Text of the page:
Mike Gerle 2:16
I just have such a deep respect for the way that you show up in the world. And especially when I've seen you doing a very incredible life changing work with men. That's to work through the Mankind Project that I've seen, that we've been able to participate in together. So I'm really curious as to like, how did JD Wolfe, you know, become this man? What kind of wisdom can you give people about your experience, the things that worked for you as far as investing in your dignity? What do you think some of the best things? Or maybe you could share some of the things that didn't work? Well, I don't know.

JD Wolfe 2:59
No, I just laugh because I just, it just felt so far from dignity and the you know, for a long time like such a struggle and so painful for so long. So to to now name it dignity and claim it as as dignified feels feels so so so like a really nice rewrite to the story which which I appreciate and which I'm willing to own and I

Mike Gerle 3:33
I'm that's what I'm trying to do on this podcast is have people retell their story. I could tell a story about someone who was rejected by their faith and moved away and got AIDS and people died and all this like very serious tales of Whoa! But it is was a hero's journey where I learned empathy and strength and tenacity and family, and all of those things, and having done that myself, I think that you most of my brothers can do the same thing with their story. And I just wanted to drop that in here. Sorry to interrupt you with that.

JD Wolfe 4:07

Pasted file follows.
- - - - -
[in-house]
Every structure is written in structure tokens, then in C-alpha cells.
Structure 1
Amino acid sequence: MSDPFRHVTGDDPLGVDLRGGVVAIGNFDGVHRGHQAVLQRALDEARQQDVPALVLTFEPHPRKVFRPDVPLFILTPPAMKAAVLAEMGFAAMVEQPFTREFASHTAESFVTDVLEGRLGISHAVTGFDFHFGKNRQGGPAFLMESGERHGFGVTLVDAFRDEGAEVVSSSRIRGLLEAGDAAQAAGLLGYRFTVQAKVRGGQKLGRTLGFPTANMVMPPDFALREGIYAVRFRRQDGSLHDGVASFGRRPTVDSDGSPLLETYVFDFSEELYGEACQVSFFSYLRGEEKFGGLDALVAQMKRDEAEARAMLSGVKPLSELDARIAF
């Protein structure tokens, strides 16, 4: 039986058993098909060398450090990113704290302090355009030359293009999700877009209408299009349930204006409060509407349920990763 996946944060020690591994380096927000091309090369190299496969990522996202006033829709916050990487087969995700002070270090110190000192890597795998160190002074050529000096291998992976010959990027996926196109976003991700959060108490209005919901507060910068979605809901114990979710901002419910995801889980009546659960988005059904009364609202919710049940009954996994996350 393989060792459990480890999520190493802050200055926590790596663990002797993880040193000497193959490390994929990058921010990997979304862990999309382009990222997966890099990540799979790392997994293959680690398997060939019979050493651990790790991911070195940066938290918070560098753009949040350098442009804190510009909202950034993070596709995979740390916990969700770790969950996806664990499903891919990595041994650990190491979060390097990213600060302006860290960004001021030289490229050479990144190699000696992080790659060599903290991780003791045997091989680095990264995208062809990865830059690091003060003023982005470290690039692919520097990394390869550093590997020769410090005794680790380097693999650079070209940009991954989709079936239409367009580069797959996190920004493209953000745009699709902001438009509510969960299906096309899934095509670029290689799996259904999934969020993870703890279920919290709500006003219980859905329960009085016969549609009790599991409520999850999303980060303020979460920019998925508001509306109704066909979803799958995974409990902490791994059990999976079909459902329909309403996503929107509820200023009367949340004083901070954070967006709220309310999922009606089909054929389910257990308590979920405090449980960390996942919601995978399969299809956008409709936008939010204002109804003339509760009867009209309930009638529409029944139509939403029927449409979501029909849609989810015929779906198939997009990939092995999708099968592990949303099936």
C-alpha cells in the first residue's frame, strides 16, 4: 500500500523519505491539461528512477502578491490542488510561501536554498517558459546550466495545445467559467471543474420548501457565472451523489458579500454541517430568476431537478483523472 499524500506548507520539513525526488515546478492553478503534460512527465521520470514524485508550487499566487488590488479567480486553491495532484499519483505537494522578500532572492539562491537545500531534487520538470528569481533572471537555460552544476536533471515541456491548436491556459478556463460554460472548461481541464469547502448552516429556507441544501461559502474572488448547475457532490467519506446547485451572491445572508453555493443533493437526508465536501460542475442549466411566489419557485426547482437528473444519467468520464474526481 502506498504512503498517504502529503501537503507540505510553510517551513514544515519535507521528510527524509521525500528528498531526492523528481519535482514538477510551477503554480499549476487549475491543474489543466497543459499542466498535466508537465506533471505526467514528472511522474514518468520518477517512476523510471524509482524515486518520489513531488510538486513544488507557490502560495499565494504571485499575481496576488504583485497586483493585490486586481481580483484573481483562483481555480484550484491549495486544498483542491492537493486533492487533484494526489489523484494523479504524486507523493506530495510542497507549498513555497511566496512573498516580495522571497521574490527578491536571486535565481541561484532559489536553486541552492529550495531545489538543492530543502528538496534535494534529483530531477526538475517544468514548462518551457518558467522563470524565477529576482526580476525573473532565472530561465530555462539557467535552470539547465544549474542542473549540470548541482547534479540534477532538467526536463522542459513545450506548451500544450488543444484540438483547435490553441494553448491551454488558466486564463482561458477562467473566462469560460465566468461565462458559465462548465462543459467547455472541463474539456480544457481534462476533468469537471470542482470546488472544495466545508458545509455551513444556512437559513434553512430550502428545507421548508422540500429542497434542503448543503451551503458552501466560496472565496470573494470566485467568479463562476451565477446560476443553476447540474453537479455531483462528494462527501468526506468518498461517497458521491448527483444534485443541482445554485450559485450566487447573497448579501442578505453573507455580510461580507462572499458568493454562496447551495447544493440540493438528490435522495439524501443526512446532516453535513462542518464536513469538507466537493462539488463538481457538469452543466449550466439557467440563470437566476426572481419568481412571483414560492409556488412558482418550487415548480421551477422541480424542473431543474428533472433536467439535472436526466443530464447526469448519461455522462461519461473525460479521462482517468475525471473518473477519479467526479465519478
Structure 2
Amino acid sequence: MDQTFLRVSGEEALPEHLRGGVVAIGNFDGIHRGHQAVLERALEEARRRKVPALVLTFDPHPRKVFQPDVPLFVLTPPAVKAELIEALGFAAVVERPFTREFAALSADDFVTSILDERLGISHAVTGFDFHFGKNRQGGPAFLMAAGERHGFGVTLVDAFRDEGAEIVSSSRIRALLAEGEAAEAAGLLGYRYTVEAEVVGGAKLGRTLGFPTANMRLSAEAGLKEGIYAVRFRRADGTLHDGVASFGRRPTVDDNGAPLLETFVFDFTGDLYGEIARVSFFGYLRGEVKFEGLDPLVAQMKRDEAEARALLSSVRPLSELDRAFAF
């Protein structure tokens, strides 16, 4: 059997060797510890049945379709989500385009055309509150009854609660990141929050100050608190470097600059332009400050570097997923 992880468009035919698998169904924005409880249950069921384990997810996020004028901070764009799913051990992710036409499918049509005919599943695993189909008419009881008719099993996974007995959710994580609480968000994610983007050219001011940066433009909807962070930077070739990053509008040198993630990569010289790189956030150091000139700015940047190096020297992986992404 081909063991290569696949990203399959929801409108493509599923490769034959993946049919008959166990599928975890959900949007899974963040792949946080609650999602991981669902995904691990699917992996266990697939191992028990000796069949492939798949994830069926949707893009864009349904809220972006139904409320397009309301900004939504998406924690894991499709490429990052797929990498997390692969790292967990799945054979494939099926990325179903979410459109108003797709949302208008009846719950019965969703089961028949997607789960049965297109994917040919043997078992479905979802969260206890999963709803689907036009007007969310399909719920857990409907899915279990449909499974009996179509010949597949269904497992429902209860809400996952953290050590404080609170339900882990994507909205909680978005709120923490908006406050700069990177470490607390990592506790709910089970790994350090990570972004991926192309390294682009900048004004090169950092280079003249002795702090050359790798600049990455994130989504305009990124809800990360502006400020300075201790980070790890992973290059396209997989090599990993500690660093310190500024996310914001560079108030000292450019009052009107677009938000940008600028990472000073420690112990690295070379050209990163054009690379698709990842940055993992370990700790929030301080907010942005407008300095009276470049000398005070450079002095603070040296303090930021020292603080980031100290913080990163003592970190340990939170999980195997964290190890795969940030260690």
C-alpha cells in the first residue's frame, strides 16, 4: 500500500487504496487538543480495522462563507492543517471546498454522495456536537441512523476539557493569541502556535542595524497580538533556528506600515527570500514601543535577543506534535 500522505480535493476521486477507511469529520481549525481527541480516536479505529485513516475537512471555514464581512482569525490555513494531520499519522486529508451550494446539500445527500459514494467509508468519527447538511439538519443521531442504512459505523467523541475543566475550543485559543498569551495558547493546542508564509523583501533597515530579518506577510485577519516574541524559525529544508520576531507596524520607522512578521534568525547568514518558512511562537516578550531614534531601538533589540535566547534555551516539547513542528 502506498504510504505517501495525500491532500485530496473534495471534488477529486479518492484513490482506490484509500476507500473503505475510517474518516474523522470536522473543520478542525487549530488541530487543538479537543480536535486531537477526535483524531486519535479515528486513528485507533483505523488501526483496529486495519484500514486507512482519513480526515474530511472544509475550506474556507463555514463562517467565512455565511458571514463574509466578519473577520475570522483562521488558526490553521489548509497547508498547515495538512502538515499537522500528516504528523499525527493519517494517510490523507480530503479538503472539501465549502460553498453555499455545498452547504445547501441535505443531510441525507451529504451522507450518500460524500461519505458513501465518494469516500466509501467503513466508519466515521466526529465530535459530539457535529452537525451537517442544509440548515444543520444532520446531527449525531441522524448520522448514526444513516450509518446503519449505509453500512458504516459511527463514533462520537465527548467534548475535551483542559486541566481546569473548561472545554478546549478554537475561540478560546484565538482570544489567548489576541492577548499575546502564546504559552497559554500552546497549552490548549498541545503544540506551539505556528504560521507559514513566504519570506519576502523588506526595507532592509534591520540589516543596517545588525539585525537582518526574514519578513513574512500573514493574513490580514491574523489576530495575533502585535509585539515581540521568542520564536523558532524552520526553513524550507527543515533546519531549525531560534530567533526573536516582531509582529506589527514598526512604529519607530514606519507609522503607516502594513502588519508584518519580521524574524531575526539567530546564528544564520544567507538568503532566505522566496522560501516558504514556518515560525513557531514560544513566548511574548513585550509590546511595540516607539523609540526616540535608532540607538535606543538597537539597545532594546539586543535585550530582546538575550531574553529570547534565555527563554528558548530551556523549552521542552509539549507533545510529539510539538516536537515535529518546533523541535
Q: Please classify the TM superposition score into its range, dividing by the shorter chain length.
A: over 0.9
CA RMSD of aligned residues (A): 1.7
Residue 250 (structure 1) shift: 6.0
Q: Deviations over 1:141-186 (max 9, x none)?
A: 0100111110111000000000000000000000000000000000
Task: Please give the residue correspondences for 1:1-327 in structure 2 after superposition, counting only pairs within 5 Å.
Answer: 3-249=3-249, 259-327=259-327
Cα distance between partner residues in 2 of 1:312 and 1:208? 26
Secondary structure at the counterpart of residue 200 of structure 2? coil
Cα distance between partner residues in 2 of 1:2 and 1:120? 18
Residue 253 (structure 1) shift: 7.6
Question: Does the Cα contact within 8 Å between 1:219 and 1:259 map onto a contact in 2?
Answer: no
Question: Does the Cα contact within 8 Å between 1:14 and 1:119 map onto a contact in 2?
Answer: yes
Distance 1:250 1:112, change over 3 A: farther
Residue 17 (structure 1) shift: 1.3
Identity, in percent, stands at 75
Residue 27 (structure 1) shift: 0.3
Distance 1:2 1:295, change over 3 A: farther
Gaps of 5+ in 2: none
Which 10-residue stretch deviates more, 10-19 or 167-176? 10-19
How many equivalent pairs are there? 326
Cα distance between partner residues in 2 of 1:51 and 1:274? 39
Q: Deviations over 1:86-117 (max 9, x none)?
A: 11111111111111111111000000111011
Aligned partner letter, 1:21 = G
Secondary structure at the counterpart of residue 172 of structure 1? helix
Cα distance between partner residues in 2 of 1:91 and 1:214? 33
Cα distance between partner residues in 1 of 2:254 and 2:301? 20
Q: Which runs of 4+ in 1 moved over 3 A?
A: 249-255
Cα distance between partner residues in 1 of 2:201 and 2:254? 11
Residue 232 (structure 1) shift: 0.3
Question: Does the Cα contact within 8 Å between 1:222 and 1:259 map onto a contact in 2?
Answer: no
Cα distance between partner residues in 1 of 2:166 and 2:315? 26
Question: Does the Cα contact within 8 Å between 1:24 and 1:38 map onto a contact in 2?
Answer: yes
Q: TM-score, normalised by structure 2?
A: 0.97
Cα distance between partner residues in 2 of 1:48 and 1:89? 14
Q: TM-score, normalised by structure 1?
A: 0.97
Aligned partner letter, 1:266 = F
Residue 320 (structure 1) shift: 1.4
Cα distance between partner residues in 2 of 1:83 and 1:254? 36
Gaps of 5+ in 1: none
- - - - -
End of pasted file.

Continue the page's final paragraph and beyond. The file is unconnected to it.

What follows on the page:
No, I think it's well placed. I feel like for for me where I get to retell that story is to look at it here with you and and give it a hold it differently. And that's what you're really offering. So I really appreciate this opportunity to hold my story and in different way. And I think what I was aware of very early on coming from a home where my father was an alcoholic, he's now passed away. And we we had a good relationship there by the end because actually of the work that I'd done with MKP I was able to really have conversations with him and I think that he was a man with a lot of heart and a lot of soul but he didn't know how to experience or express that. So, in turn, he was this this guy with a lot of heart and soul but completely distant with the alcohol and from the family. So he was an absent father. So even though he was very much there, he wasn't there. He wasn't present. And my mom, she was there she was, she was very much at everything that I did and present for my life. And, you know, she had, as we all do our fault, she was a warrior, etc. But she was, she was very much there and she was someone that I could talk to, and still to this day very much can, and she had my brothers and sisters as well to attend with. And I'm the youngest of five, and she had a tumultuous relationship that she had to deal with with my father. And so I noticed that with my family, that it wasn't going to be a place of support for me. wasn't going to be a place of safety and well being. And for some reason I craved that from a very early age. I don't know. My parents often would say in me growing up, they would just say, Where have you come from? Because like, I really introduced, I had a, I still do these friends who lived right up the street from me, and they would always tell each other that they love each other. And as a family, they would say love to each other. And I would bring that home into our family and my family would be like, what are you doing? They're like, This is crazy. Why are you telling us you love us? Like, Irish Catholic, that's just not how it goes around here. Haven't you got the memo? And I had not received that memo. For some reason. I wanted connection. I wanted support. I wanted love. I knew that my life was going to be challenging knowing that I felt differently and that I couldn't quite categorize it yet. Because I was too young to even understand what was happening to me. But I just knew that for some reason I was going to need some level of support. And I had this neighbor, Lorraine, who I would eat Sunday dinners with. And she's still very much alive. And I'm connected to her. And that was very helpful for me to have someplace outside of my home to go to and that felt like support. And I think she sort of started to help me to understand not by what she said, but just by being there as a source of support that I would need to find other mentors in my life. And so by seventh grade, I started running with the high school cross country and track team. And because of this one man, Jim Hoar was his name, and is his name. And I ended up having a real ability to run and was successful at it and so I was part of the team early on and what I learned there was, how to think positively how to self talk in a way to get myself prepared for a race. And then when I was in a race, how to be present, and in the moment, and really use my own inner self talk to win, to hold my space. And I think that really helped start to develop me a from a really early age that like, I'm the one who's running this story. I'm the one who, who's having thoughts, good or bad about myself, that are either going to help me to win or lose.